No matter what you call them—cicada killers or sand hornets—the two-inch wasps look pretty scary.
Anna Kerns brought a deceased cicada killer into the Observer office Monday with the intent of warning other residents to be on the lookout—particularly children running barefoot through the grass.
The large wasps are often spotted this time of the year buzzing around their nests—a burrow dug in the ground by the females. Male wasps aggressively defend the nesting area, but they have no stingers. They appear to be ready to attack anything that moves, but their only concern is other male wasps. Males can jab with a sharp spine, but they’re not capable of stinging.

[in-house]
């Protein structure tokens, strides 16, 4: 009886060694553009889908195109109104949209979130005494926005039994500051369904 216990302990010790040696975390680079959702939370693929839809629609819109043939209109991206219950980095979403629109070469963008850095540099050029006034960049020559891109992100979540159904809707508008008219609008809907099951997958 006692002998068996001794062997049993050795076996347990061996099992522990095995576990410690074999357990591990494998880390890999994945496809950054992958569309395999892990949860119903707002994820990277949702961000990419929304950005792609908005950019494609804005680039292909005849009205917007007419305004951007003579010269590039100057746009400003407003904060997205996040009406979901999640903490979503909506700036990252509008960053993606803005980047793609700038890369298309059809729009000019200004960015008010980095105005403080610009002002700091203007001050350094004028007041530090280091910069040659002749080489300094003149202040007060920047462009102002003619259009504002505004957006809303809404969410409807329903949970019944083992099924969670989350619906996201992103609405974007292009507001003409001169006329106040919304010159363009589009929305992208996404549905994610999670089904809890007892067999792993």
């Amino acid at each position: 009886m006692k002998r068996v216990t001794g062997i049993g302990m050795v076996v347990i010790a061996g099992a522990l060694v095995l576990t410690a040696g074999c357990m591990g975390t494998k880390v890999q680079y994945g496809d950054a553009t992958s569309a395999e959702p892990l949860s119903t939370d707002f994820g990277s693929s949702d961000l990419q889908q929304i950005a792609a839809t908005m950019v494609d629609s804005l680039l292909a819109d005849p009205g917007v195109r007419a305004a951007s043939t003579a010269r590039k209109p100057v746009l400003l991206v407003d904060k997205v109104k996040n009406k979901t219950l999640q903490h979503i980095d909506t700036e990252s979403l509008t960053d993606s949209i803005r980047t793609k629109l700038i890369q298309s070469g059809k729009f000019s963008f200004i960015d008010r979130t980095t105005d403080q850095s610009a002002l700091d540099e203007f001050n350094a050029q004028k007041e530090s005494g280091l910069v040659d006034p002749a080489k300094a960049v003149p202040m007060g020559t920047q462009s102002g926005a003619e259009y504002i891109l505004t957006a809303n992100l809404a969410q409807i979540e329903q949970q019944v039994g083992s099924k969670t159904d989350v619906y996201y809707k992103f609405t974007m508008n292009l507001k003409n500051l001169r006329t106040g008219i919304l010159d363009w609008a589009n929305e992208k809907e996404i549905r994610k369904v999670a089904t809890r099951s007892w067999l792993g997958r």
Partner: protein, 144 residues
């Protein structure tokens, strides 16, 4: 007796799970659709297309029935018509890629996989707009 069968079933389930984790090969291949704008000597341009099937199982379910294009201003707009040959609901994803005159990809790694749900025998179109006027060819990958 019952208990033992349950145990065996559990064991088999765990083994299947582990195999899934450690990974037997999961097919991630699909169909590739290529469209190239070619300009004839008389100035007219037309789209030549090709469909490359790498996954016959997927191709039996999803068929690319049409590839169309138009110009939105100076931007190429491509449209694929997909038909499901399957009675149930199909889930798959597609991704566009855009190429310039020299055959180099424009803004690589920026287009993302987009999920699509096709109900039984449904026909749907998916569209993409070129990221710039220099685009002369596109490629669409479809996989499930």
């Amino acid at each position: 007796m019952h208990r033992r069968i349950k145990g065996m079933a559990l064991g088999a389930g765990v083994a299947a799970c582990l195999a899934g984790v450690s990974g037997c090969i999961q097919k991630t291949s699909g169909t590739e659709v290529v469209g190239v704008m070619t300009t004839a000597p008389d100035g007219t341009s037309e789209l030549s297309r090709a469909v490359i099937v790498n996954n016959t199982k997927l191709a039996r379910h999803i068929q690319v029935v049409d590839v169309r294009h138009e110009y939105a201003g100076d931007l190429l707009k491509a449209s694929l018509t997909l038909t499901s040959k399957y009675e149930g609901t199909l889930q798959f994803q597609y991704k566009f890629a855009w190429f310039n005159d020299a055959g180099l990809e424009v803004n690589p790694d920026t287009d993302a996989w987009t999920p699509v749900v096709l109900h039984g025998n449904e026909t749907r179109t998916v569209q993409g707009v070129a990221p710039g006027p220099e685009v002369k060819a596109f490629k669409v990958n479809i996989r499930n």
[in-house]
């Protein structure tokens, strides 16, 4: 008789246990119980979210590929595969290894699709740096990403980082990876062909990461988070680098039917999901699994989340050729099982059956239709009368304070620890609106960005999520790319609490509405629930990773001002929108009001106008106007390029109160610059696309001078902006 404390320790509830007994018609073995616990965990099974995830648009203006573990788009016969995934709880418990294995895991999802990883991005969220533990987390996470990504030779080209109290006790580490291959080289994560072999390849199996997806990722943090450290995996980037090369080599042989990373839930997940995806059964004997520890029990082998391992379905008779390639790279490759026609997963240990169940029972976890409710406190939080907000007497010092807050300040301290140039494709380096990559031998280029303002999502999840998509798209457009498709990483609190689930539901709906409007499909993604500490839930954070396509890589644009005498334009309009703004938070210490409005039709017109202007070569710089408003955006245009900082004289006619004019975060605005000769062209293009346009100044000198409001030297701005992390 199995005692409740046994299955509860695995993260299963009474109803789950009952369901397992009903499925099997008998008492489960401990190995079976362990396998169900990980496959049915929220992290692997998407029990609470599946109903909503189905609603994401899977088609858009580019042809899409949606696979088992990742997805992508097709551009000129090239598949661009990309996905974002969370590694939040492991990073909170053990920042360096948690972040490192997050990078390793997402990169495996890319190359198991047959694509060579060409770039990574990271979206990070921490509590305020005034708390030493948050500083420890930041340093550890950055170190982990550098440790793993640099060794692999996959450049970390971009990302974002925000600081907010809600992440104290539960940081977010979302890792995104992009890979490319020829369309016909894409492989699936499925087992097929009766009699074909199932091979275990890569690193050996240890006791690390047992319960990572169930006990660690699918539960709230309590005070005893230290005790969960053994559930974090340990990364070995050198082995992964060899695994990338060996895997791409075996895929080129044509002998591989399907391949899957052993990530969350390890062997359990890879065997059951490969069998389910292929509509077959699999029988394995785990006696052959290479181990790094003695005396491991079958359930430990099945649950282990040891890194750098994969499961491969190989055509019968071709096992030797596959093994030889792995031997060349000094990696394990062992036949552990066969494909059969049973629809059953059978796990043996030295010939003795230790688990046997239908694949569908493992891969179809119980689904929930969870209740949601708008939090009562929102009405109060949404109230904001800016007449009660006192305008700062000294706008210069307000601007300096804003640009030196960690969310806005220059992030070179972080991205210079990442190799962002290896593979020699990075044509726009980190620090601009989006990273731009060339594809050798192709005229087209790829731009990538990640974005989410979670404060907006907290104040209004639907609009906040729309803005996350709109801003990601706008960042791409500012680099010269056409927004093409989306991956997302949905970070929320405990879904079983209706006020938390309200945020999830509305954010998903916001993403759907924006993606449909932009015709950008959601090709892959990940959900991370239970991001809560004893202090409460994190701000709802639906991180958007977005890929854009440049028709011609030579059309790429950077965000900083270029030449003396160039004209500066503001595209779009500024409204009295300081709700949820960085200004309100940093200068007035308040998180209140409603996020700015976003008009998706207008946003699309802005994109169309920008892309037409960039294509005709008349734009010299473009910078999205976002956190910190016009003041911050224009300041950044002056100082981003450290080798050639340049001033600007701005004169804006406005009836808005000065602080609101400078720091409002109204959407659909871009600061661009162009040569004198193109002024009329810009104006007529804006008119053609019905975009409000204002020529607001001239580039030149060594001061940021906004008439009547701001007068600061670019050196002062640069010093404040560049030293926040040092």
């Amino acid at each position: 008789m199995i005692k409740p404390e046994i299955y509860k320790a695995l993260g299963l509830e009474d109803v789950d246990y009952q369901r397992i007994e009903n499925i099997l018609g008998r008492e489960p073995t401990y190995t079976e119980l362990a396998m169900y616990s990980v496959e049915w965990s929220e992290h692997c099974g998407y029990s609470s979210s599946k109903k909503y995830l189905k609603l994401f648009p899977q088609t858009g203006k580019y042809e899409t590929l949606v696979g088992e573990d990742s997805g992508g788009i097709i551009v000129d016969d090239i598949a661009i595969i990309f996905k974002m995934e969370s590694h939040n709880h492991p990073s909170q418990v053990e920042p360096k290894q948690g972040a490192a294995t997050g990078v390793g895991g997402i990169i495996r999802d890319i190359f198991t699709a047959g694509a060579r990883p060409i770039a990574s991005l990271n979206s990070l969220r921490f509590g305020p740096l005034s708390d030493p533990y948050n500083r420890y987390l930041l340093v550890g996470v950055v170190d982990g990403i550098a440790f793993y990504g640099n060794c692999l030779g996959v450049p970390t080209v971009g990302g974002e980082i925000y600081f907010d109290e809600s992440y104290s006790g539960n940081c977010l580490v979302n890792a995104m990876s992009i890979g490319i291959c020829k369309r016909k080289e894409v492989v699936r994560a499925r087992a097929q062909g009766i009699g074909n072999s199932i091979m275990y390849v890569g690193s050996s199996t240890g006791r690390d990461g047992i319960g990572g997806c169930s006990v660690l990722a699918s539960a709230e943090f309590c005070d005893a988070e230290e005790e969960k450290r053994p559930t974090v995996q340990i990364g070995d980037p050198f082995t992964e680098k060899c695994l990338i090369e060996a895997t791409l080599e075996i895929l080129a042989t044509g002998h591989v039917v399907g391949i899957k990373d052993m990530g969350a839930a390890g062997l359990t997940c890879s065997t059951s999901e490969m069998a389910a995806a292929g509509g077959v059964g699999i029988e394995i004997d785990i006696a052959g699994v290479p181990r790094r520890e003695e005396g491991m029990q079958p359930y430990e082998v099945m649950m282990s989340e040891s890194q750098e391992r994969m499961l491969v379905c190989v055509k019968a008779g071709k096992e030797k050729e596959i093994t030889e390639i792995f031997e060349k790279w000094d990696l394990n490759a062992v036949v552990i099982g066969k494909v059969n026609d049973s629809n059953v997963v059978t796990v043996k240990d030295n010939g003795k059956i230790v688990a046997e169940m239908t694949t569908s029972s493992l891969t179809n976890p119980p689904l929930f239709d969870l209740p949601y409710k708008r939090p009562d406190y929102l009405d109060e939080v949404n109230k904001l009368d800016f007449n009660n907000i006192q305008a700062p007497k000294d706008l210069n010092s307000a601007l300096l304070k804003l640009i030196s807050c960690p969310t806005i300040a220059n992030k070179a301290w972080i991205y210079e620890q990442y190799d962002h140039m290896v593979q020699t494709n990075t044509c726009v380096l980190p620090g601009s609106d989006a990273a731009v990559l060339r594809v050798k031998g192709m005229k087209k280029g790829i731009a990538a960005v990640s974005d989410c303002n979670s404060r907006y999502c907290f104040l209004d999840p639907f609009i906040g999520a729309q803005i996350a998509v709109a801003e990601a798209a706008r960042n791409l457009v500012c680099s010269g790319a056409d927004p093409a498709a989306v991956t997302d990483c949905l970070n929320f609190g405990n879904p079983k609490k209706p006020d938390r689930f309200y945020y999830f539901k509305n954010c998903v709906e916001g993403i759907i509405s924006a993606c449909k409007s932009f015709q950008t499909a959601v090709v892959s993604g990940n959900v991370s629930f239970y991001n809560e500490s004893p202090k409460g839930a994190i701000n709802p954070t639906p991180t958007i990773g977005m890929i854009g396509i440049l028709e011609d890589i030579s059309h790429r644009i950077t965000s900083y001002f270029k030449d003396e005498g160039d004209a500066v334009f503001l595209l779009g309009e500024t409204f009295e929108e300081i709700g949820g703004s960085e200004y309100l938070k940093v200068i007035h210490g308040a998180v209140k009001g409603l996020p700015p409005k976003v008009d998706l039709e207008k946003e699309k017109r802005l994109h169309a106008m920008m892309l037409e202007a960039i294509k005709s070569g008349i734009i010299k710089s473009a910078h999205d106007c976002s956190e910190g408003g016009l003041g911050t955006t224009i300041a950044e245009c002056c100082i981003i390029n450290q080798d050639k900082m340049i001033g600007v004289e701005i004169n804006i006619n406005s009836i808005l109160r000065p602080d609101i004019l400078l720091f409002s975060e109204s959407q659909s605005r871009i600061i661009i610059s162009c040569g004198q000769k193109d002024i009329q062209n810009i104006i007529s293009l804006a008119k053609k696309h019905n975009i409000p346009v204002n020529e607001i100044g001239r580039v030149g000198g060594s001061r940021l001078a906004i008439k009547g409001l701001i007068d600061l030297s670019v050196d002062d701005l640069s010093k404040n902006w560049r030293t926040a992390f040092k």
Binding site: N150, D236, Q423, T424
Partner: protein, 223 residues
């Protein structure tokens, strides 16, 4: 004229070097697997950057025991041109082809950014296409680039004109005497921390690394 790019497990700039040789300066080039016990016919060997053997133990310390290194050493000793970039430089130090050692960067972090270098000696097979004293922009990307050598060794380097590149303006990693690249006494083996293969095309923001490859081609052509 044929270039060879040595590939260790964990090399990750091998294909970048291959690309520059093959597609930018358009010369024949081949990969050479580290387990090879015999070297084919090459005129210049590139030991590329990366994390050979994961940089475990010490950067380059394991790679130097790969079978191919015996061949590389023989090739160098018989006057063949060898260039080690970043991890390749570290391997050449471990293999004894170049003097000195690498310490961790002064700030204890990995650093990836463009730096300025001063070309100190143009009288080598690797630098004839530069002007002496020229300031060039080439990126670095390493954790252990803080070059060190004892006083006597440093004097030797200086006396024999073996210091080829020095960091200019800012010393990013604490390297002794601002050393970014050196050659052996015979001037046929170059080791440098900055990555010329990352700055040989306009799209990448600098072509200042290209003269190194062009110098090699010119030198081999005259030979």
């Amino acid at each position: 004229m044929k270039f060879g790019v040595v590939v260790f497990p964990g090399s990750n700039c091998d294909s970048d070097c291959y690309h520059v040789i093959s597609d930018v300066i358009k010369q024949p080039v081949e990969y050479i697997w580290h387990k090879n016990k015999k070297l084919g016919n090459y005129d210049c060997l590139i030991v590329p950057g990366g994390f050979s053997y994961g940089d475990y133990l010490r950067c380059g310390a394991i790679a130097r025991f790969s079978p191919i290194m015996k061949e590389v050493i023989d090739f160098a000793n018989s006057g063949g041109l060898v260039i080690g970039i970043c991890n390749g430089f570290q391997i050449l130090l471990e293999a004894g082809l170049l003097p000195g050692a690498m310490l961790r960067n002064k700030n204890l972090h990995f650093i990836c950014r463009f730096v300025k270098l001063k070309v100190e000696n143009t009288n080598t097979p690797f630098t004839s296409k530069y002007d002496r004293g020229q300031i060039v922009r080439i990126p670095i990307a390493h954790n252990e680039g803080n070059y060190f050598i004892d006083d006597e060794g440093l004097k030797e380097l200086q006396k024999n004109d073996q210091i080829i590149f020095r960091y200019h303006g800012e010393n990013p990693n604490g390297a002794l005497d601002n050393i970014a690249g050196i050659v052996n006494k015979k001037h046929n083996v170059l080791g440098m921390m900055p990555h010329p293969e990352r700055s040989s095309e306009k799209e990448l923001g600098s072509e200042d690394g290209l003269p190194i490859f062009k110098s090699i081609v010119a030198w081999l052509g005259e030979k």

In fact, some people refer to the wasps as “gentle giants” that aren’t really interested in humans at all. They tend to fly away when swatted at rather than attack, but their fast-moving presence easily causes concern.
The females will sting, however, if stepped on or caught in clothing. Otherwise, a sting is unlikely. Anyone allergic to bee stings should seek medical attention.
Cicadas killers prefer dry, sandy soil and may be controlled by keeping your lawn well watered, especially in the area where they’re burrowing.
The wasps make their appearance when the calls of the cicada are heard. The female wasp will sting a cicada and bring it the nest for the wasp larvae to consume. The adult wasps feed on flower nectar.
Get brave and place a chair near a nest. Eventually you’ll see a large wasp carrying a cicada and dragging it underground to feed the children.